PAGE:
My daughter is home for a ten day visit and according to plan I have her decluttering the stuff she left behind when she went off to university four years ago. Â She is being very cooperative and I am grateful for that. Knowing me as she does she was fully expecting to have to comply with some decluttering tasks before she even arrived.
I haven’t bombarded her with stuff, just every now and again I will pull out some things and hold up for her to adjudicate on. A quick “keep” or “no” is all it takes. She has done well so far eliminating quite a few items, making it possible for what is left of be contained within the boxes I have set aside for her. Before she arrived the stuff was overflowing into other corners of my house. Hopefully before she leaves we might be able eliminate a box or two.
Each time she visits she eliminates more stuff. Quite often stuff that she chose to keep the last time she was here. One thing I have noticed during this exercise is that you can tell she is a traveller. Her only concern about the things she had to choose from was where they came from. For example the Elvis number plate she didn’t care about unless we got it when we were visited Memphis. The Mark McGwire baseball had the same effect, “Where did we get that?” was her only concern. When I told her a garage sale she was happy to let it go. So all I need to say when she’s not sure whether she cares so much about somethings is that we bought it at a garage sale. 😆 She forgets how cunning I am.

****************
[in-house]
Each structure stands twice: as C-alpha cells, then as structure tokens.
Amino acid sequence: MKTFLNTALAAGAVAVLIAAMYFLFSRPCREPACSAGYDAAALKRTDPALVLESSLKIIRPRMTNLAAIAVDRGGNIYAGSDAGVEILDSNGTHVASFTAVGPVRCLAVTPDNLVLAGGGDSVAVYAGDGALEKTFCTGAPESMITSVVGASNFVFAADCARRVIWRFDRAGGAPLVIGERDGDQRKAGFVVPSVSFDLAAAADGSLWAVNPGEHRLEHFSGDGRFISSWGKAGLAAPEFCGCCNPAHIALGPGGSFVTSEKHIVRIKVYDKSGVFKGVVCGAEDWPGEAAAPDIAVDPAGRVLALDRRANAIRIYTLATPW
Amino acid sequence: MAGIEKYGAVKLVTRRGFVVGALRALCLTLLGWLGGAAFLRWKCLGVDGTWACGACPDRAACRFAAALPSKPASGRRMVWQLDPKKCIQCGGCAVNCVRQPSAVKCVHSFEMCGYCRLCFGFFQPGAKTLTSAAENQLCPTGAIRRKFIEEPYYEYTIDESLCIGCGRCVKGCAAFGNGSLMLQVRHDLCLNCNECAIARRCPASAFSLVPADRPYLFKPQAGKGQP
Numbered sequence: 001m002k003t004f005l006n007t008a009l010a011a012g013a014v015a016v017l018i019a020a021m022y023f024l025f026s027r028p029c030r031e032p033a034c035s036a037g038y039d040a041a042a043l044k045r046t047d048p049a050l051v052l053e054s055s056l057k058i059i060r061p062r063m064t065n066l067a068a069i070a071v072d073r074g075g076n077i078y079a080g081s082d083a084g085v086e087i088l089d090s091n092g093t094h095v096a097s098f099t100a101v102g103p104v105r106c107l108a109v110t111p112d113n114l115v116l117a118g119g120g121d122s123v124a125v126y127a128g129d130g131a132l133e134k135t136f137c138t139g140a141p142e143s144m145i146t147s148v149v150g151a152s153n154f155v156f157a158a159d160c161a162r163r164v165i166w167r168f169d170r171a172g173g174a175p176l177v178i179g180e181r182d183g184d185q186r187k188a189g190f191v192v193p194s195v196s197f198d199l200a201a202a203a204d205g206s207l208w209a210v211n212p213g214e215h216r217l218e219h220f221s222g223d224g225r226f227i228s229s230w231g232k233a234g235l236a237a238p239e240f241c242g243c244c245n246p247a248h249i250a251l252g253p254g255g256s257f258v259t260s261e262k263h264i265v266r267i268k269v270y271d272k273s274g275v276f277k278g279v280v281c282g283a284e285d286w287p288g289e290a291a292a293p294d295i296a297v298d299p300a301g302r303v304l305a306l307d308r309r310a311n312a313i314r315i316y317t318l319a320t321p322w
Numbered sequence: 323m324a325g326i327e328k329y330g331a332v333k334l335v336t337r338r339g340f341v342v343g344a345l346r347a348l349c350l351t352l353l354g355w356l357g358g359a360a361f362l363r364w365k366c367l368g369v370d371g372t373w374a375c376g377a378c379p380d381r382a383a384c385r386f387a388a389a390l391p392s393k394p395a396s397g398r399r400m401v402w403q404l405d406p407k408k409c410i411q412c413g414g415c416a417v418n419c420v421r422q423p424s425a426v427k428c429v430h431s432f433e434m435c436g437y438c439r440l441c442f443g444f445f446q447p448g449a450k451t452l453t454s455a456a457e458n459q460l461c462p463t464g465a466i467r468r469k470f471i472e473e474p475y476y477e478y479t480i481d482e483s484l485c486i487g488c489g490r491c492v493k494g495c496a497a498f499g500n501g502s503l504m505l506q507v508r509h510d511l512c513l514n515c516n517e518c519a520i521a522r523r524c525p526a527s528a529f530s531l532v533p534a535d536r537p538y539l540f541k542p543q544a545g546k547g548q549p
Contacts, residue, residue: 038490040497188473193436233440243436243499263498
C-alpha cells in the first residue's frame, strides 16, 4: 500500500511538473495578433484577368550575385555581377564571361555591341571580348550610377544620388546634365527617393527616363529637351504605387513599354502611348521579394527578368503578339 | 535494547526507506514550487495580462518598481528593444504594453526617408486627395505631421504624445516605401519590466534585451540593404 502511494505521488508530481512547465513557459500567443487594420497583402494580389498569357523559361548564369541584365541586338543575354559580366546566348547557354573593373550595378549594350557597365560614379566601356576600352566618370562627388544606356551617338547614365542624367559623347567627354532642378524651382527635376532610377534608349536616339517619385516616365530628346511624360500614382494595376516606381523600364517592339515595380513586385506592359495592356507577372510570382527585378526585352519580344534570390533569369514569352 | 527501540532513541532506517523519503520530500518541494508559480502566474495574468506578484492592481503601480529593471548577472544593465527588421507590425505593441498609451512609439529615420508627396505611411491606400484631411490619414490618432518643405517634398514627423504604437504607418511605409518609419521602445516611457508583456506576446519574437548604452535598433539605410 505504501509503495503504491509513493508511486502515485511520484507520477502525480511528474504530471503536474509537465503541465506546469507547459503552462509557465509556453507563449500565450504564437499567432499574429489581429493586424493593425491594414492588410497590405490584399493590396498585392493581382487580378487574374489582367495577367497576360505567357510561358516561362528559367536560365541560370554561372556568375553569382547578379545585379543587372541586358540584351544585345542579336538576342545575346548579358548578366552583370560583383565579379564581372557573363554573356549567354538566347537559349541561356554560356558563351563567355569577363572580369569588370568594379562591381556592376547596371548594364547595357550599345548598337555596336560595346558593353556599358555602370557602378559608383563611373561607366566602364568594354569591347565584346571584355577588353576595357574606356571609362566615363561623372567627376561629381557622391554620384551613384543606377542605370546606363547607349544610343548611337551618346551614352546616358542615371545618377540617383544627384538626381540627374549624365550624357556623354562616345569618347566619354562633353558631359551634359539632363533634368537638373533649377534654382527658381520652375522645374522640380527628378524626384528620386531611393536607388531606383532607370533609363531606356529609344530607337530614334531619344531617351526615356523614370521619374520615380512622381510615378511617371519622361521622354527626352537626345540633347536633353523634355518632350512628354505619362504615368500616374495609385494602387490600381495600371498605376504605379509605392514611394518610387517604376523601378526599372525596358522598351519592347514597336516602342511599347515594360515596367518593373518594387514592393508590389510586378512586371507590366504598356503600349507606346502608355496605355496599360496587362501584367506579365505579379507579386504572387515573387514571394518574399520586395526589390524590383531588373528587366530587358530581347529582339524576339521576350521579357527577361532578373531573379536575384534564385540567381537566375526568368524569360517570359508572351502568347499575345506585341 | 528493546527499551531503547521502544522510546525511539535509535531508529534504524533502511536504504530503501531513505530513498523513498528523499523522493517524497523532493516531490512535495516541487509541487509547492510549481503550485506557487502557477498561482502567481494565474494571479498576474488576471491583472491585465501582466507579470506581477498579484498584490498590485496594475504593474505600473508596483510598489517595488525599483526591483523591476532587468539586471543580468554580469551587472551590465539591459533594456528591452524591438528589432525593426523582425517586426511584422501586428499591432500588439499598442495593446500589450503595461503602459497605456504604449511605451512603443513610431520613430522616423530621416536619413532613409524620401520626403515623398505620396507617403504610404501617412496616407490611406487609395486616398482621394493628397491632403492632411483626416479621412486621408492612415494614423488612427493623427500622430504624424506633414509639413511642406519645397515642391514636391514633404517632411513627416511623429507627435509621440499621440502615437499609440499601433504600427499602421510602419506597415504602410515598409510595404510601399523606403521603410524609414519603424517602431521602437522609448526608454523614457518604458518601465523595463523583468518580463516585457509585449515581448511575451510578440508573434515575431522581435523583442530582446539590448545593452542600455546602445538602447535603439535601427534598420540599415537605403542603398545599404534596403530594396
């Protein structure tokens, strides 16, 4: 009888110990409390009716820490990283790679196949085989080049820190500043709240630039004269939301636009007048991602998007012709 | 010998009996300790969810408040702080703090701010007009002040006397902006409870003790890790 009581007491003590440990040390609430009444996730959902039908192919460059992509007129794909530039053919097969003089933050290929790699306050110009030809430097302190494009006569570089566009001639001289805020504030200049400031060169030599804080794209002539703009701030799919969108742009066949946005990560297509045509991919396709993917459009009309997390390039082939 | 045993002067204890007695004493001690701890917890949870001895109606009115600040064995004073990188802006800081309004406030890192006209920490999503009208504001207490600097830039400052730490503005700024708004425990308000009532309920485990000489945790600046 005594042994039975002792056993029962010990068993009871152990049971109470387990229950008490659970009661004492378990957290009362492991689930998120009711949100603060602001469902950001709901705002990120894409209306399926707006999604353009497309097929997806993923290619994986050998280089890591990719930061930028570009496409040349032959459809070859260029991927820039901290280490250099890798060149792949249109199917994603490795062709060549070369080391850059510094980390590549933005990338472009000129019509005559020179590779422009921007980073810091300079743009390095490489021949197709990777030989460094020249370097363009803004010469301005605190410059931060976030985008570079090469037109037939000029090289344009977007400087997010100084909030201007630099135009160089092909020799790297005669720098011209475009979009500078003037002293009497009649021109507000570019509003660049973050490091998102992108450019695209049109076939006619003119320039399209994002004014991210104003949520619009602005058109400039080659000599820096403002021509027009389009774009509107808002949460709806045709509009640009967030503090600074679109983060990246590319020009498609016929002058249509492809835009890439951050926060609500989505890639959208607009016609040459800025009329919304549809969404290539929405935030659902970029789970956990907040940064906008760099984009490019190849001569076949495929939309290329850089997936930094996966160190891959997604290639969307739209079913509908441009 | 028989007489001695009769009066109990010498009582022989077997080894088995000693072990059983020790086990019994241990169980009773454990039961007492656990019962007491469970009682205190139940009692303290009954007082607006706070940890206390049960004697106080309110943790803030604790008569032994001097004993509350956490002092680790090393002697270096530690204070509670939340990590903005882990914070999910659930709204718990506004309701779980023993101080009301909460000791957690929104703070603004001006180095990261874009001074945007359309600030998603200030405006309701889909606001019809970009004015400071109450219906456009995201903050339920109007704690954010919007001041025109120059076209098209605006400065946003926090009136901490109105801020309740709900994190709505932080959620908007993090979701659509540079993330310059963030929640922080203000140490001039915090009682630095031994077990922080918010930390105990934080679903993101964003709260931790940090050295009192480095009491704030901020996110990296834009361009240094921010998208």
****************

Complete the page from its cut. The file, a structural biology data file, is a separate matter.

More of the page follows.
But seriously there are two things I take out of this. One is that when sentiment is tied to things people find them harder to part with. And two, communication is key when it comes to decluttering. I have found that nagging and insisting will not work when you wantÂ cohabitersÂ in your home to declutter. Being silent and just putting up with the status quo will only serve to make you feel bitter and dissatisfied. You need to let those around you know what you would like to happen and that it is important to you and then allow them to comply at their own pace.
My daughter is aware of my needs when it comes to decluttering and she complies to whatever point she is prepared to. Â There is no pressure forced onto her to give up things she isn’t prepared to part with. I make it as easy as possible for her and that makes it more likely to happen. I know she is not in a position to take all her stuff away right now and she probably wants to reduce it to a reasonable amount before that time does arrive.Â We are both happy and that is what matters.
Today’s Declutter Item